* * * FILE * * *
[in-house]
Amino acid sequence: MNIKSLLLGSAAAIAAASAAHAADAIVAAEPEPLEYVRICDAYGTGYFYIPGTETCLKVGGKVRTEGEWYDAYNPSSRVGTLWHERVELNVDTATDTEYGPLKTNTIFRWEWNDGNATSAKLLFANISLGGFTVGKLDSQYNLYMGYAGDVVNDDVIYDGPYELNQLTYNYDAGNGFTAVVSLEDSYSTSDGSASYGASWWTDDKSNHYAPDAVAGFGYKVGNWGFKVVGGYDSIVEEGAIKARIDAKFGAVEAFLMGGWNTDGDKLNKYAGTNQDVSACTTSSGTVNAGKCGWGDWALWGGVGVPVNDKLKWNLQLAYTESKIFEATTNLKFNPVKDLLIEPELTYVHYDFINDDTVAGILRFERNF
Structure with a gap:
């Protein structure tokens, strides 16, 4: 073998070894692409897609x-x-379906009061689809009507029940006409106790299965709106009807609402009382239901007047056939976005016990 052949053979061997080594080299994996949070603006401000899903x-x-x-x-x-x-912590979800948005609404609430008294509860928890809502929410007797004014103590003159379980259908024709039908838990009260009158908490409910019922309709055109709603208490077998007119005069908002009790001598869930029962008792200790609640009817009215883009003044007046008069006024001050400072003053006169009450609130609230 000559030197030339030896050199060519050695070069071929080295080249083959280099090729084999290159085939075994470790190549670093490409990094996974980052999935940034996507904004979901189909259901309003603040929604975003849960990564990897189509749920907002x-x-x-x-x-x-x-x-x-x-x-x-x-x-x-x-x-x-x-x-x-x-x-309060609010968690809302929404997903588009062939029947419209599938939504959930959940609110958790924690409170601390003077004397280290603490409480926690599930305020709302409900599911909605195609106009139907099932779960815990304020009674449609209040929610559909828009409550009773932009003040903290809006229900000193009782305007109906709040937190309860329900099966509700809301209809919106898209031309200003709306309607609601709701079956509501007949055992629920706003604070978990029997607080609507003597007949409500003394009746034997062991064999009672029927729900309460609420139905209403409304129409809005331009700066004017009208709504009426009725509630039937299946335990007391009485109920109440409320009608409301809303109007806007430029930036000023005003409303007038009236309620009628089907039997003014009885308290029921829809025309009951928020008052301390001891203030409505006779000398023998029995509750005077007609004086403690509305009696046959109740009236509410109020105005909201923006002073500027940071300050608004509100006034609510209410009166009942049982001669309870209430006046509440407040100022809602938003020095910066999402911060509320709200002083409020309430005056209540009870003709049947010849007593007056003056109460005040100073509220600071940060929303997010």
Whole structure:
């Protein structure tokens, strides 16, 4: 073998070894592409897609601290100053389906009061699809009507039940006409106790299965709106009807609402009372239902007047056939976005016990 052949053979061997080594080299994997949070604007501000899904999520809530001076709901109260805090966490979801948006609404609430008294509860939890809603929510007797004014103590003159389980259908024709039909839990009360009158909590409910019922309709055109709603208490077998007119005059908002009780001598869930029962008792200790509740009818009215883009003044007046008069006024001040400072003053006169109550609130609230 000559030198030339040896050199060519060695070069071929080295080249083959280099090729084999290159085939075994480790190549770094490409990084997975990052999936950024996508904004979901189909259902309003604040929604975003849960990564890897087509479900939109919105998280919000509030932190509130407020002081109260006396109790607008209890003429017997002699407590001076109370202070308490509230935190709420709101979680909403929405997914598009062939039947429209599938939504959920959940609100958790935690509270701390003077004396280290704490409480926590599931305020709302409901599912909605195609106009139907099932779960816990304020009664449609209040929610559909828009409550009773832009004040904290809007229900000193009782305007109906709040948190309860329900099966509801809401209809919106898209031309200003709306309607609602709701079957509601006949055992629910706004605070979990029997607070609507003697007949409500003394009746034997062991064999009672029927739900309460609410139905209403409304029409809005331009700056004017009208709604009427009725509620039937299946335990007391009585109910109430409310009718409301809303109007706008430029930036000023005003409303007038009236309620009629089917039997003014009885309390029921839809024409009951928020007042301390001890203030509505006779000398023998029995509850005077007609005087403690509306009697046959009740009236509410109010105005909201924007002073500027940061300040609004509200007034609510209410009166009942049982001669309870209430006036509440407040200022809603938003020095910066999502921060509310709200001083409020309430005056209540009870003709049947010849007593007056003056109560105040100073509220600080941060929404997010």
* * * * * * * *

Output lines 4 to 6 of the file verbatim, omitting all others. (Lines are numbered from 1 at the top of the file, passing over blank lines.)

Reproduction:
């Protein structure tokens, strides 16, 4: 073998070894692409897609x-x-379906009061689809009507029940006409106790299965709106009807609402009382239901007047056939976005016990 052949053979061997080594080299994996949070603006401000899903x-x-x-x-x-x-912590979800948005609404609430008294509860928890809502929410007797004014103590003159379980259908024709039908838990009260009158908490409910019922309709055109709603208490077998007119005069908002009790001598869930029962008792200790609640009817009215883009003044007046008069006024001050400072003053006169009450609130609230 000559030197030339030896050199060519050695070069071929080295080249083959280099090729084999290159085939075994470790190549670093490409990094996974980052999935940034996507904004979901189909259901309003603040929604975003849960990564990897189509749920907002x-x-x-x-x-x-x-x-x-x-x-x-x-x-x-x-x-x-x-x-x-x-x-309060609010968690809302929404997903588009062939029947419209599938939504959930959940609110958790924690409170601390003077004397280290603490409480926690599930305020709302409900599911909605195609106009139907099932779960815990304020009674449609209040929610559909828009409550009773932009003040903290809006229900000193009782305007109906709040937190309860329900099966509700809301209809919106898209031309200003709306309607609601709701079956509501007949055992629920706003604070978990029997607080609507003597007949409500003394009746034997062991064999009672029927729900309460609420139905209403409304129409809005331009700066004017009208709504009426009725509630039937299946335990007391009485109920109440409320009608409301809303109007806007430029930036000023005003409303007038009236309620009628089907039997003014009885308290029921829809025309009951928020008052301390001891203030409505006779000398023998029995509750005077007609004086403690509305009696046959109740009236509410109020105005909201923006002073500027940071300050608004509100006034609510209410009166009942049982001669309870209430006046509440407040100022809602938003020095910066999402911060509320709200002083409020309430005056209540009870003709049947010849007593007056003056109460005040100073509220600071940060929303997010």
Whole structure:
């Protein structure tokens, strides 16, 4: 073998070894592409897609601290100053389906009061699809009507039940006409106790299965709106009807609402009372239902007047056939976005016990 052949053979061997080594080299994997949070604007501000899904999520809530001076709901109260805090966490979801948006609404609430008294509860939890809603929510007797004014103590003159389980259908024709039909839990009360009158909590409910019922309709055109709603208490077998007119005059908002009780001598869930029962008792200790509740009818009215883009003044007046008069006024001040400072003053006169109550609130609230 000559030198030339040896050199060519060695070069071929080295080249083959280099090729084999290159085939075994480790190549770094490409990084997975990052999936950024996508904004979901189909259902309003604040929604975003849960990564890897087509479900939109919105998280919000509030932190509130407020002081109260006396109790607008209890003429017997002699407590001076109370202070308490509230935190709420709101979680909403929405997914598009062939039947429209599938939504959920959940609100958790935690509270701390003077004396280290704490409480926590599931305020709302409901599912909605195609106009139907099932779960816990304020009664449609209040929610559909828009409550009773832009004040904290809007229900000193009782305007109906709040948190309860329900099966509801809401209809919106898209031309200003709306309607609602709701079957509601006949055992629910706004605070979990029997607070609507003697007949409500003394009746034997062991064999009672029927739900309460609410139905209403409304029409809005331009700056004017009208709604009427009725509620039937299946335990007391009585109910109430409310009718409301809303109007706008430029930036000023005003409303007038009236309620009629089917039997003014009885309390029921839809024409009951928020007042301390001890203030509505006779000398023998029995509850005077007609005087403690509306009697046959009740009236509410109010105005909201924007002073500027940061300040609004509200007034609510209410009166009942049982001669309870209430006036509440407040200022809603938003020095910066999502921060509310709200001083409020309430005056209540009870003709049947010849007593007056003056109560105040100073509220600080941060929404997010």